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Has Any Car Infotainment System Aged Well?

As the wheel of technological progress continues ever onward, so do car infotainment systems. Every year, manufacturers put out newer and more impressive systems that wow and amaze us until the next system inevitably comes along. Unfortunately, this makes older systems feel obsolete and outdated very soon after launch, which can be really annoying.

Which begs the question: Is there any infotainment system that doesn’t feel out-of-date after a few years?

For example, I drive a 2013 Volkswagen GTI, and my wife drives a 2016 Volkswagen Jetta Sport. The infotainment system in my wife’s car makes the one in my car look like it might as well be running on vacuum tubes. The system in my car has a smaller screen, the user interface isn’t as sleek, and the navigation system feels dated — because it is. The Jetta, on the other hand — which is only three years newer — feels like it’s actually from this century.

I understand why this is the case. Every other piece of technology in our life is constantly updating itself to match refined user interface tastes and standards, while the infotainment systems in our cars are installed and never touched again, aside from occasional map refreshes for navigation.

Furthermore, car development and manufacturing operates on a completely different timeline from everything else in our lives, where it’s not uncommon to see updates and refreshes occur every three to five years, as opposed to every two. This means that when manufacturers do update infotainment, it feels like a much more sudden and drastic change than everything else. This will also probably continue to be the case until manufacturers start pushing updates to systems, like you see with Tesla.

It’s honestly not that bad in my GTI; the system may feel and look fairly outdated, but it doesn’t try to do much. The simplicity means it works. However, what about today’s more complex systems? Will the system in my wife’s Jetta feel as old as my system currently does in another 3 years? I bet it will. Find a used car for sale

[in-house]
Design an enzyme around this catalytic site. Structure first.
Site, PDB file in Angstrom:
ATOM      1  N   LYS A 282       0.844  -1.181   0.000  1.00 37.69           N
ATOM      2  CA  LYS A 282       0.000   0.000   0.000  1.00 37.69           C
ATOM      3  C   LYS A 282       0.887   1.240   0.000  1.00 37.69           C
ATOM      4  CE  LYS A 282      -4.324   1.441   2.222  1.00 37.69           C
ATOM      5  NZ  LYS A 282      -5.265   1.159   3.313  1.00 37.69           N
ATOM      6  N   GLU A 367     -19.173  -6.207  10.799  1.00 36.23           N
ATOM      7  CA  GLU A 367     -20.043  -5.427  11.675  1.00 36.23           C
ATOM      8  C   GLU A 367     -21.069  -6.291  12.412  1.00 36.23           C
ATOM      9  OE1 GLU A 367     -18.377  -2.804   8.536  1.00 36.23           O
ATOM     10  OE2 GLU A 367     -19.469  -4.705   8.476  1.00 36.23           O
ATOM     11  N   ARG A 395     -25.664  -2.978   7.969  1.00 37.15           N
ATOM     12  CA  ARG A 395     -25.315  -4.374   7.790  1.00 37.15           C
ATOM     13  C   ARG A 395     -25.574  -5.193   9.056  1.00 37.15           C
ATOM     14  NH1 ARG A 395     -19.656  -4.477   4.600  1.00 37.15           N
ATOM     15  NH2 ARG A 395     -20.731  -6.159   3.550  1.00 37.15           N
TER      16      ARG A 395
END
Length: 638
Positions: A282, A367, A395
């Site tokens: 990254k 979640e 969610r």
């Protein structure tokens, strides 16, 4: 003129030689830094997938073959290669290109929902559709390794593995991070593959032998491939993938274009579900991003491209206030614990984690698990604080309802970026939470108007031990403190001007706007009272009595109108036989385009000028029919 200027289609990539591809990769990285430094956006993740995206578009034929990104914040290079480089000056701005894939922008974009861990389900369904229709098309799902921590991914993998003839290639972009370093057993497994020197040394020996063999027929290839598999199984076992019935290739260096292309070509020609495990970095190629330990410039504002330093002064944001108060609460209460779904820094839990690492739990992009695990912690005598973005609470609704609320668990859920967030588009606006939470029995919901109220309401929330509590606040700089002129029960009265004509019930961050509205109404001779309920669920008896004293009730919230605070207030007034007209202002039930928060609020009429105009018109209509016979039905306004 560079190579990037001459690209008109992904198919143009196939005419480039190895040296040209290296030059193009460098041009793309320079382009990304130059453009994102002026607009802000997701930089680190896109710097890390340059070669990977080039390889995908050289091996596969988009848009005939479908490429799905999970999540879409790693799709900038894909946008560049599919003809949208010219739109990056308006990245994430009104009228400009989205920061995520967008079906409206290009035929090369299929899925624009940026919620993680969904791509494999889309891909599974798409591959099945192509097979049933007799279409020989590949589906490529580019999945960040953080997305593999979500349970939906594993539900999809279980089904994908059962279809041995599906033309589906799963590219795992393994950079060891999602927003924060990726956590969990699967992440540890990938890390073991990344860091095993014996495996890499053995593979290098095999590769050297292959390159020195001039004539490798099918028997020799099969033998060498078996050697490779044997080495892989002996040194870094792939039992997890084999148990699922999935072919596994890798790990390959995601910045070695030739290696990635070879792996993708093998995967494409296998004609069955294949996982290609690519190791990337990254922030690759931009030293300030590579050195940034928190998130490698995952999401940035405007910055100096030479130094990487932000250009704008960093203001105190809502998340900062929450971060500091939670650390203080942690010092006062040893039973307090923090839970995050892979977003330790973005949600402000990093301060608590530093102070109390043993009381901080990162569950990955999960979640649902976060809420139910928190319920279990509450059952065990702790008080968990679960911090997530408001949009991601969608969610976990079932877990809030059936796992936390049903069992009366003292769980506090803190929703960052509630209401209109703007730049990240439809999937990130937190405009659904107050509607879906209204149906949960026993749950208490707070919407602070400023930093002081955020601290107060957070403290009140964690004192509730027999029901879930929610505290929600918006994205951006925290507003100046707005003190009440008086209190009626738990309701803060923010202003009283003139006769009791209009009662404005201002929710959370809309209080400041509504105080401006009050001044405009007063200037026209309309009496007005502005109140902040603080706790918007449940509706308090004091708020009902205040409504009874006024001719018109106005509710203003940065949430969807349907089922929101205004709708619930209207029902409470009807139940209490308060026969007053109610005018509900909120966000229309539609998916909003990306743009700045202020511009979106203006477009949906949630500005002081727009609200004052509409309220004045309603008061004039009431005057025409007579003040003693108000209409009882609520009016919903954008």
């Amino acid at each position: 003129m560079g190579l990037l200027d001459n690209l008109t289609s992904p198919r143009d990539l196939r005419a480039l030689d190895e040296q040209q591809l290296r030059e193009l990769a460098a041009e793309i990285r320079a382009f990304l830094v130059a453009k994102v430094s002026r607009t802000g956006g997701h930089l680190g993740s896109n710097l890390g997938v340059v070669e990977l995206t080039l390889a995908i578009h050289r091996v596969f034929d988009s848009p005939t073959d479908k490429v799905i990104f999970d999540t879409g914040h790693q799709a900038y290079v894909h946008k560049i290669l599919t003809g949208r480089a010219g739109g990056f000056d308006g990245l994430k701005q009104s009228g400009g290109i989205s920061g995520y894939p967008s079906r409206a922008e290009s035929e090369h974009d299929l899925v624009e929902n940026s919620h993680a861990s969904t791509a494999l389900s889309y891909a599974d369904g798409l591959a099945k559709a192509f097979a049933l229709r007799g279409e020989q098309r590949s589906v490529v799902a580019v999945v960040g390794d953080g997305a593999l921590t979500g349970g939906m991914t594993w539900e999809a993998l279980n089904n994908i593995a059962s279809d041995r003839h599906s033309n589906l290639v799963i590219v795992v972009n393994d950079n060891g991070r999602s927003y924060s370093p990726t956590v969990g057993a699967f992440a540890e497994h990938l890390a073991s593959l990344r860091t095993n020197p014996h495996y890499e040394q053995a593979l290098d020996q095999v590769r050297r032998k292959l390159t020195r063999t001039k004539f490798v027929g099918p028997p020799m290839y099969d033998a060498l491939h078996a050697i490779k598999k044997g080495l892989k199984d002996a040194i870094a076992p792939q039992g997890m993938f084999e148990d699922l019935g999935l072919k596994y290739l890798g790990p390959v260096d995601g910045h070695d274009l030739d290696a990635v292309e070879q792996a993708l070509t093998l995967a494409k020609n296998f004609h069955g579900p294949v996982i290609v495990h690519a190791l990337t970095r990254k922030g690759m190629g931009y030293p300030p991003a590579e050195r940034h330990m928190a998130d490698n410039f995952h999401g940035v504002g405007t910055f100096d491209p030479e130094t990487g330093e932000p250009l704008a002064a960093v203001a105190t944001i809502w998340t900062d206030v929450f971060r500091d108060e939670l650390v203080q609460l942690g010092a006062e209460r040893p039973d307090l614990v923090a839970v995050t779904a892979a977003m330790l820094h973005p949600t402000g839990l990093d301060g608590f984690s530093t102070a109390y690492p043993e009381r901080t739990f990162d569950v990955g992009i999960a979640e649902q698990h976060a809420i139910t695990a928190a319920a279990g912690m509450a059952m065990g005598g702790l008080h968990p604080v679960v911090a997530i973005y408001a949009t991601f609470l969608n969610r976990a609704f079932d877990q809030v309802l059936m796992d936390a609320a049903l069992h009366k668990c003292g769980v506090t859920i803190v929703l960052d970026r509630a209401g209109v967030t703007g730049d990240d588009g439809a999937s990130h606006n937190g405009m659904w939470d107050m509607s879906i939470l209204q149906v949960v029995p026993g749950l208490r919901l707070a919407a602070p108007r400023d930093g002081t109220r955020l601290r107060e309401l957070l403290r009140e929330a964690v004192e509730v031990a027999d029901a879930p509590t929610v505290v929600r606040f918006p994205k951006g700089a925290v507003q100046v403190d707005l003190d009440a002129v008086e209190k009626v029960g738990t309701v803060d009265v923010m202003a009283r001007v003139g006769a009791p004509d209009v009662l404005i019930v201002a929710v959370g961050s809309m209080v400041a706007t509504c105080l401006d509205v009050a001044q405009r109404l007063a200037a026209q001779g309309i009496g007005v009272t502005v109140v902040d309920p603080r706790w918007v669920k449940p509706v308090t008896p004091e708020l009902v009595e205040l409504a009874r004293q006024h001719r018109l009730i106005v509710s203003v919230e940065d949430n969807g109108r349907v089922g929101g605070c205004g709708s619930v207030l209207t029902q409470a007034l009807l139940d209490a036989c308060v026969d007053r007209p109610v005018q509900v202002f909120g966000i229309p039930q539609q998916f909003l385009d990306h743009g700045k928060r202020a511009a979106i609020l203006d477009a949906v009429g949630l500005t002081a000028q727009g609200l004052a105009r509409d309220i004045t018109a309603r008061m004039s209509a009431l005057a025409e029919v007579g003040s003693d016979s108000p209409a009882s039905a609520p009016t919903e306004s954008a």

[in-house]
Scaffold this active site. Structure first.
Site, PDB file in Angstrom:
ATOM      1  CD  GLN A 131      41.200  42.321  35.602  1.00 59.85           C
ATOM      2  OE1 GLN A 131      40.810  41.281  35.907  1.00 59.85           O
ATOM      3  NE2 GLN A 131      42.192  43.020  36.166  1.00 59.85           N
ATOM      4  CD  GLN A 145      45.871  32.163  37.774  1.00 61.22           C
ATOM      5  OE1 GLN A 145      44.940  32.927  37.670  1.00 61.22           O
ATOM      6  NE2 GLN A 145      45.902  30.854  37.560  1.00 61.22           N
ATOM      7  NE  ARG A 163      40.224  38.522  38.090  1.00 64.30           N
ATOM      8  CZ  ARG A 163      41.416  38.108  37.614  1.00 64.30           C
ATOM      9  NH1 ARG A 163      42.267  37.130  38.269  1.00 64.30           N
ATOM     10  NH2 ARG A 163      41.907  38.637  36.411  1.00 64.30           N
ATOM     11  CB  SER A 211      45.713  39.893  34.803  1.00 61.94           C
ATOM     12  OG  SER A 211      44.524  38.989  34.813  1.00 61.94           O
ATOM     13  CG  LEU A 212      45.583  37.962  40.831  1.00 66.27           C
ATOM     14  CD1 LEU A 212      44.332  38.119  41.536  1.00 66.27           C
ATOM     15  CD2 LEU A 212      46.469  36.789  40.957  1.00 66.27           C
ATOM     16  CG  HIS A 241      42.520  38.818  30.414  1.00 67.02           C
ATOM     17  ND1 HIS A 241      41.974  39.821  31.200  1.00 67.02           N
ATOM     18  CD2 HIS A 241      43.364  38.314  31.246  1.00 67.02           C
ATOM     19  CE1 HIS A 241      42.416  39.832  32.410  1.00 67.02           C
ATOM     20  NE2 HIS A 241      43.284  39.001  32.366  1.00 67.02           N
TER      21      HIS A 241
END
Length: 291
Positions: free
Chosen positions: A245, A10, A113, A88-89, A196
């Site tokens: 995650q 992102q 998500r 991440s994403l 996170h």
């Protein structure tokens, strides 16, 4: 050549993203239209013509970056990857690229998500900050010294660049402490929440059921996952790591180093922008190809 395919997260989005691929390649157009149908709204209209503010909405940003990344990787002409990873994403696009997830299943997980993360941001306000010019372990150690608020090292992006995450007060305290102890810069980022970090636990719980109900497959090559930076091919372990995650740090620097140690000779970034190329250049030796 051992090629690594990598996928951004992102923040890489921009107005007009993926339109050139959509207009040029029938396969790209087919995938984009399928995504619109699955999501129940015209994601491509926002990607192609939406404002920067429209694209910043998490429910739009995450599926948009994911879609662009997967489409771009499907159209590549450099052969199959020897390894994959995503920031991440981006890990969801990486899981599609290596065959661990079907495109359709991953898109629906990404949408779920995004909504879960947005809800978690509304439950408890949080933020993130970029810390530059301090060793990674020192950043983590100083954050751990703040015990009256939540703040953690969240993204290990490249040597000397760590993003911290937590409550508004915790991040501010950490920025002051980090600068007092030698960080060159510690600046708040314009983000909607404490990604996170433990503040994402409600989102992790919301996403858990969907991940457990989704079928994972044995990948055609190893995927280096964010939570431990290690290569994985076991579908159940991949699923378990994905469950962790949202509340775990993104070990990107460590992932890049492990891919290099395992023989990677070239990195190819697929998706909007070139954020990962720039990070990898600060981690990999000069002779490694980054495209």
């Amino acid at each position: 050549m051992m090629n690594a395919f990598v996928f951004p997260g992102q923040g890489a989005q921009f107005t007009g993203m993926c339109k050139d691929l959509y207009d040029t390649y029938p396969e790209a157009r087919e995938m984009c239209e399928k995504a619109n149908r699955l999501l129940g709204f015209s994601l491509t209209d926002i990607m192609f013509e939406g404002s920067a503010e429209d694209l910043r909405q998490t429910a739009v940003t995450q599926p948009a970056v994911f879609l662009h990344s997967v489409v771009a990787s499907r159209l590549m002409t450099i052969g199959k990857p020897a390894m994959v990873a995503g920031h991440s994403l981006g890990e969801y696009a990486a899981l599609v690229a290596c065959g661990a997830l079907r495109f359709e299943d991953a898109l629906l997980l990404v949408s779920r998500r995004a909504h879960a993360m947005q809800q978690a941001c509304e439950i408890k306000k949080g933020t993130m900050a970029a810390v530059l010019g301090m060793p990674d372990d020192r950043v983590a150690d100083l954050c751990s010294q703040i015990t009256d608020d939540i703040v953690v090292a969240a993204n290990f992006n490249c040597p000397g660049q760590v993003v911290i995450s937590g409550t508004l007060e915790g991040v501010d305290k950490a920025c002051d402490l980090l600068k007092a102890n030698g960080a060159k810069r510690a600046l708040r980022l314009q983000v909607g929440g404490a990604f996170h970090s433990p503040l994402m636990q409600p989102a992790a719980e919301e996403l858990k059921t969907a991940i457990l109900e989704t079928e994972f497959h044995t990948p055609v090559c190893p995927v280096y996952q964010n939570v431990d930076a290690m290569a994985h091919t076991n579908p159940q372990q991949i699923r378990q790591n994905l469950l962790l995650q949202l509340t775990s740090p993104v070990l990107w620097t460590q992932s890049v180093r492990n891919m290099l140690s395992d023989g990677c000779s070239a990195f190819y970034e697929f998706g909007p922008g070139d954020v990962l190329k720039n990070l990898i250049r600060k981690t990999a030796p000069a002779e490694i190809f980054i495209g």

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  1. 2012 Tesla still feels very fresh.  It was a very well-designed UI to start with, and it gets updates over wifi every couple of months so it may not be fair to compare it with legacy manufacturers that don’t bother to update their products.

  2. As much as the automotive press likes to slam MyFord Touch, it’s held up well.  It just works.  It’s intuitive.  Voice recognition is on par with modern systems.  The screen works with regular gloves.

    Yep, it’s sluggish. Still very competitive otherwise.
  3. That’s what I love most about my old M3, no screens, no distractions. Just a dash mount for the phone and a Grom BT adapter, that’s all the infotainment I want.

  4. I know what you mean Will. I have a 2015 Passat, so we likely have the same system. The refreshed infotainment came out in 2016. My only real frustration is the lack of a USB port for Audio, since many cars have had them since 2010 era. I’ve never used the navigation because I find Waze to be more reliable, but otherwise I enjoy the simplicity and feel it might actually last longer and be more usable in 5-8 years compared to what’s in your wife’s Jetta. If you plan to own a car 8-10 years, the longevity of the infotainment could be a real wildcard. 

  5. My wife has a 2011 MB GL450 with 125k miles.  While test driving new cars, she drove one with CarPlay and really liked it.  She decided to keep her car for another 25k miles and replace the factory infotainment system with a CarPlay-compatible aftermarket unit that will integrate with the rearview camera, Sirius and steering wheel controls.  Seemed like a good solution as the GL is still in great shape, cosmetically and mechanically.

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